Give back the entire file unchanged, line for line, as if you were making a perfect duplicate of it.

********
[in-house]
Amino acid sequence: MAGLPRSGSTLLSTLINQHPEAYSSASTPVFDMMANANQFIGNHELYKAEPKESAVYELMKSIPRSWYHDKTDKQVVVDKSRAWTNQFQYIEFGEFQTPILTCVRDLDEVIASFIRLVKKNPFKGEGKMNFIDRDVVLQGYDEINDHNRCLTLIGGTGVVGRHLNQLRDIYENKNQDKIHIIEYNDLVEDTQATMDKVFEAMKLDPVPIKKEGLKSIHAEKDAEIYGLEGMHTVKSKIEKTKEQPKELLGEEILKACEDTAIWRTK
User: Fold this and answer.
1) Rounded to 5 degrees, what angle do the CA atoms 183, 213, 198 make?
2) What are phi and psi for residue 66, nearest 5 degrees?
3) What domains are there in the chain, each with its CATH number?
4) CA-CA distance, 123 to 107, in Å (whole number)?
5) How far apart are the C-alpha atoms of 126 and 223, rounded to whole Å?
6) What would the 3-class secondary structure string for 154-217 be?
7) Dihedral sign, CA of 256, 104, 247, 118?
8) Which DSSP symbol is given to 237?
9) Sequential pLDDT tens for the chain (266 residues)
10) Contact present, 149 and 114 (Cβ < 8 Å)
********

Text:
[in-house]
Amino acid sequence: MAGLPRSGSTLLSTLINQHPEAYSSASTPVFDMMANANQFIGNHELYKAEPKESAVYELMKSIPRSWYHDKTDKQVVVDKSRAWTNQFQYIEFGEFQTPILTCVRDLDEVIASFIRLVKKNPFKGEGKMNFIDRDVVLQGYDEINDHNRCLTLIGGTGVVGRHLNQLRDIYENKNQDKIHIIEYNDLVEDTQATMDKVFEAMKLDPVPIKKEGLKSIHAEKDAEIYGLEGMHTVKSKIEKTKEQPKELLGEEILKACEDTAIWRTK
User: Fold this and answer.
1) Rounded to 5 degrees, what angle do the CA atoms 183, 213, 198 make?
2) What are phi and psi for residue 66, nearest 5 degrees?
3) What domains are there in the chain, each with its CATH number?
4) CA-CA distance, 123 to 107, in Å (whole number)?
5) How far apart are the C-alpha atoms of 126 and 223, rounded to whole Å?
6) What would the 3-class secondary structure string for 154-217 be?
7) Dihedral sign, CA of 256, 104, 247, 118?
8) Which DSSP symbol is given to 237?
9) Sequential pLDDT tens for the chain (266 residues)
10) Contact present, 149 and 114 (Cβ < 8 Å)